Quantifying Methanol in Ethanol using Raman Spectroscopy

Published by Luc on

There is no doubt that Raman spectroscopy is an extremely powerful tool for the amateur to confirm the identity of a chemical compound that was synthesized. In this post I will show that our DIY Raman spectrometer is also able to deliver quantitative results with a high accuracy. More precisely, I will show that our OpenRAMAN spectrometer is able to detect traces of methanol in ethanol!

Detecting small amounts of methanol in ethanol is an excellent demonstration of the capabilities of the instrument because the two molecules are extremely similar chemically speaking and behaves almost identically. This makes the discrimination between the two molecules quite hard to perform using traditional lab techniques without expensive equipment like chromatographs. Distillation is probably the only economical way to separate methanol from ethanol but it is impractical to quantify accurately traces amounts. The structural formula of methanol (MeOH) and ethanol (EtOH) are given in Figure 1. Confusing the two can have deadly consequences as the second is liquor alcohol while the first is a strong poison!

Figure 1 – The methanol (left) and ethanol (right) molecules

Although the chemical behaviour of the two molecules are nearly identical, they have different vibrational modes due to the presence (or absence) of the -CH2– group. This difference in vibrational modes are accessible in Raman spectroscopy and the Raman spectra of the two molecules are shown in Figure 2.

Figure 2 – Raman spectra of Methanol (MeOH) and Ethanol (EtOH)

The two Raman spectra differs enough to attempt an experiment! This is precisely what I have done here.

The overall idea is that a mixture of EtOH and MeOH has a spectrum that is a weighted sum of the spectra of pure EtOH and pure MeOH:

with smix,th(λ) the expected spectrum of the mixture, sMeOH(λ) the spectrum of pure methanol and sEtOH(λ) the spectrum of pure ethanol.

At this point I have made no assumptions on how α varies with the mixture ratio in weight%. Experiment will show the trend. If you are wondering why I haven’t made any a-priori hypothesis is because it was unclear if the parameter should depend linearly (or not?) on the mixture ratio in either weight% or volume%. Compounds like MeOH and EtOH are prone to interact and the relationship between weight% and volume% is not strictly linear so we must be careful.

In the experiment, I have measured the spectra of pure ethanol and pure methanol as well as the spectra of 10 mixtures for which I knew the mix ratio in weight% using a precision scale. The idea is to plot the value of α against the known weight% and to check the trend and error. The value of α can be computed using a least-square approach from the experimental mixture spectrum smix,exp(λ):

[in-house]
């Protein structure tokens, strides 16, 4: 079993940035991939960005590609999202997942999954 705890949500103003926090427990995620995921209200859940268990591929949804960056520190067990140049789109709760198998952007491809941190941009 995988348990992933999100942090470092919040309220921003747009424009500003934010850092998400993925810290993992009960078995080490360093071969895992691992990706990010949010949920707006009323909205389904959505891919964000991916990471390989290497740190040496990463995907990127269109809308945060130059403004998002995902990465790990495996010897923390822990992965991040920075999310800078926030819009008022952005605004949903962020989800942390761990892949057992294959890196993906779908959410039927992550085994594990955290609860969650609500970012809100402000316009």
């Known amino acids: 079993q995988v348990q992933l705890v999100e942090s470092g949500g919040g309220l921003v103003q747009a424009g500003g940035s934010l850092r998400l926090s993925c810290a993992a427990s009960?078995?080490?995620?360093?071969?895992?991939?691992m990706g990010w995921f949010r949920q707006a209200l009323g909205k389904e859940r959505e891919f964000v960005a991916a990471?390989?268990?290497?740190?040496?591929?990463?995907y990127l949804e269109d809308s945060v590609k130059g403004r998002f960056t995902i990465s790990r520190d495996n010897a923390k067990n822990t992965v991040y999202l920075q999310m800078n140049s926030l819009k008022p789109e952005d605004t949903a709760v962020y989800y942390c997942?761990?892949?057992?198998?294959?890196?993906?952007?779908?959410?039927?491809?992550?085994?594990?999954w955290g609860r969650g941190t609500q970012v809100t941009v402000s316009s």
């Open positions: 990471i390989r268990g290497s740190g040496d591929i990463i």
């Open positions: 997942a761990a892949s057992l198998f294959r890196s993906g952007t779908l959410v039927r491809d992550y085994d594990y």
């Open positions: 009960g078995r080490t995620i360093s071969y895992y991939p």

Solving gives:

Note that the same method can be used for ternary, quaternary… mixtures as well but the equations gets a bit more complex. I will make a detailed post about least-square methods when I have more time.

When performing the experiment, I however ran into a problem with fluorescence. If you look at Figure 2 you can see that the two spectra have different backgrounds (which are supposed to due to fluorescence). Interestingly, I noticed that mixture of methanol and ethanol exhibited even more fluorescence! The presence of this odd background ruined the theoretical model of the mixture, making the parameter α unmeaningful. To solve this issue, I tested several methods including bspline background removal, bandpass filtering and gradients fit. The best results were obtained by a bandpass filtering of 3-15 px (6-28 cm-1) of all the spectra. The experimental results are shown in Figure 3 along with the y=x line. One of the experimental points had to be removed (marked with a cross). It is unclear what went wrong with that point.

Figure 3 – Experimental results

From the experimental results, a simple y=x model gave 0.6% median error while a best-line fit using the leave-1-out method gave a 0.8% median error. The trend is clearly linear and we can therefore make the conclusion that α correlates extremely well with the weight% of methanol. Concerning the 0.6% error, it corresponds to the precision at which I performed the dilution. Although my scale has a 5 mg accuracy (which would already give a 0.4% error in this experiment), I noticed that I did not always emptied the vial fully and from experiments to experiments and I had to re-zero my balance with weight differences on the order of 15-20 mg. This gives an estimated dilution error of about 1-1.5% which is on the order of what we observe on Figure 3. The results are therefore extremely encouraging as we have proven that our DIY Raman setup is able to quantify amounts down to 1% or less of methanol in ethanol reliably. The method is probably more precise than that and our conclusions are limited here by the accuracy at which I performed the dilutions. Nonetheless, this is extremely good results!

Categories: Applications

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